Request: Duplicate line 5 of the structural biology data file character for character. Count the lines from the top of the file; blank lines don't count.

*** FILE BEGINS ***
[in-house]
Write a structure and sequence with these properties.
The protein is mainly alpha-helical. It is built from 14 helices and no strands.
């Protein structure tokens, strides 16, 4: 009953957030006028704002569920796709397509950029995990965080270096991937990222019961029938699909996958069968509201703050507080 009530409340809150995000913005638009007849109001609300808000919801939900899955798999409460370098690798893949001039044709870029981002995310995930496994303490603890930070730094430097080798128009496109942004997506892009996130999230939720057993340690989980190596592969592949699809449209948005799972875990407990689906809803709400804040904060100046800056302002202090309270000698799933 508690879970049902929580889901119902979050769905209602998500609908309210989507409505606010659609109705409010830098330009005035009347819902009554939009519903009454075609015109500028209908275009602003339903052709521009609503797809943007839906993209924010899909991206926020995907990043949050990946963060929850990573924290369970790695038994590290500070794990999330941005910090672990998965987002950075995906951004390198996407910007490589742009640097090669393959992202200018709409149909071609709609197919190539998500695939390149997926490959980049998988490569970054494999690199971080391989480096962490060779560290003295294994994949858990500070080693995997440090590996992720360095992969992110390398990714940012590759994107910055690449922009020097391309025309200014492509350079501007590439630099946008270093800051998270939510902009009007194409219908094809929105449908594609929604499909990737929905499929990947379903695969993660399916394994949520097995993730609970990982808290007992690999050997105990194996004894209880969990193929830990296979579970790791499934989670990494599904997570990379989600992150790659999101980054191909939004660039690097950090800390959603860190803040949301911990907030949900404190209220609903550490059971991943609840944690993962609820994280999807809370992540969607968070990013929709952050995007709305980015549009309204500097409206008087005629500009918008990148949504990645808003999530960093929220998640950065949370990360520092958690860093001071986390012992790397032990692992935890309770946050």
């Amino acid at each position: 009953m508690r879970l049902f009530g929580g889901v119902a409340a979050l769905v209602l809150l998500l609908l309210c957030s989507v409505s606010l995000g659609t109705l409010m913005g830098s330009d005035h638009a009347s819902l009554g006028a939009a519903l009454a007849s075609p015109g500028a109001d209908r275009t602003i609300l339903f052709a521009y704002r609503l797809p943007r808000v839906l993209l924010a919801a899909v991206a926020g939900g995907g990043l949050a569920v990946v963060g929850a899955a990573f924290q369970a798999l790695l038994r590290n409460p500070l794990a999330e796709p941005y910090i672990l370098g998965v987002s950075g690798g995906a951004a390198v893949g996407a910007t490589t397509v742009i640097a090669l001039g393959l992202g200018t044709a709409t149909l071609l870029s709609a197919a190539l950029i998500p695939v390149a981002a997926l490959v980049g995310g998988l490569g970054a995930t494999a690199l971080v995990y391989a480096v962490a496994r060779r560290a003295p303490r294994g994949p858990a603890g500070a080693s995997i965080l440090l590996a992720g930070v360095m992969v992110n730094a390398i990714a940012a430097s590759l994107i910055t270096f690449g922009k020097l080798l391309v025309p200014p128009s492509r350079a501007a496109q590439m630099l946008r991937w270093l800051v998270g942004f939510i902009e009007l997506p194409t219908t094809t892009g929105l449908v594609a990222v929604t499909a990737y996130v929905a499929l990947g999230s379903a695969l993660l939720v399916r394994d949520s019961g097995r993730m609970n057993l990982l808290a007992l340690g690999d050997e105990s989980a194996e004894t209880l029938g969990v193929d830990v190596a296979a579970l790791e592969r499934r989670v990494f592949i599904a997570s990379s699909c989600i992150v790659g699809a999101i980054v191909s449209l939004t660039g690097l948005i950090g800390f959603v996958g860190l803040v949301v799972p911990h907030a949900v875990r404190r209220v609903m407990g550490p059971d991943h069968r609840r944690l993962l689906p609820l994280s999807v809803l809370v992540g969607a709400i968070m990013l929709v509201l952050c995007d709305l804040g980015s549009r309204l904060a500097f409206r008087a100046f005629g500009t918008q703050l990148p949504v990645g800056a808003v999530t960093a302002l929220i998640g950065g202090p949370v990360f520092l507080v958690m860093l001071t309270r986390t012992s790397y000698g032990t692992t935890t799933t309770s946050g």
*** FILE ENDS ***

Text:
């Amino acid at each position: 009953m508690r879970l049902f009530g929580g889901v119902a409340a979050l769905v209602l809150l998500l609908l309210c957030s989507v409505s606010l995000g659609t109705l409010m913005g830098s330009d005035h638009a009347s819902l009554g006028a939009a519903l009454a007849s075609p015109g500028a109001d209908r275009t602003i609300l339903f052709a521009y704002r609503l797809p943007r808000v839906l993209l924010a919801a899909v991206a926020g939900g995907g990043l949050a569920v990946v963060g929850a899955a990573f924290q369970a798999l790695l038994r590290n409460p500070l794990a999330e796709p941005y910090i672990l370098g998965v987002s950075g690798g995906a951004a390198v893949g996407a910007t490589t397509v742009i640097a090669l001039g393959l992202g200018t044709a709409t149909l071609l870029s709609a197919a190539l950029i998500p695939v390149a981002a997926l490959v980049g995310g998988l490569g970054a995930t494999a690199l971080v995990y391989a480096v962490a496994r060779r560290a003295p303490r294994g994949p858990a603890g500070a080693s995997i965080l440090l590996a992720g930070v360095m992969v992110n730094a390398i990714a940012a430097s590759l994107i910055t270096f690449g922009k020097l080798l391309v025309p200014p128009s492509r350079a501007a496109q590439m630099l946008r991937w270093l800051v998270g942004f939510i902009e009007l997506p194409t219908t094809t892009g929105l449908v594609a990222v929604t499909a990737y996130v929905a499929l990947g999230s379903a695969l993660l939720v399916r394994d949520s019961g097995r993730m609970n057993l990982l808290a007992l340690g690999d050997e105990s989980a194996e004894t209880l029938g969990v193929d830990v190596a296979a579970l790791e592969r499934r989670v990494f592949i599904a997570s990379s699909c989600i992150v790659g699809a999101i980054v191909s449209l939004t660039g690097l948005i950090g800390f959603v996958g860190l803040v949301v799972p911990h907030a949900v875990r404190r209220v609903m407990g550490p059971d991943h069968r609840r944690l993962l689906p609820l994280s999807v809803l809370v992540g969607a709400i968070m990013l929709v509201l952050c995007d709305l804040g980015s549009r309204l904060a500097f409206r008087a100046f005629g500009t918008q703050l990148p949504v990645g800056a808003v999530t960093a302002l929220i998640g950065g202090p949370v990360f520092l507080v958690m860093l001071t309270r986390t012992s790397y000698g032990t692992t935890t799933t309770s946050g």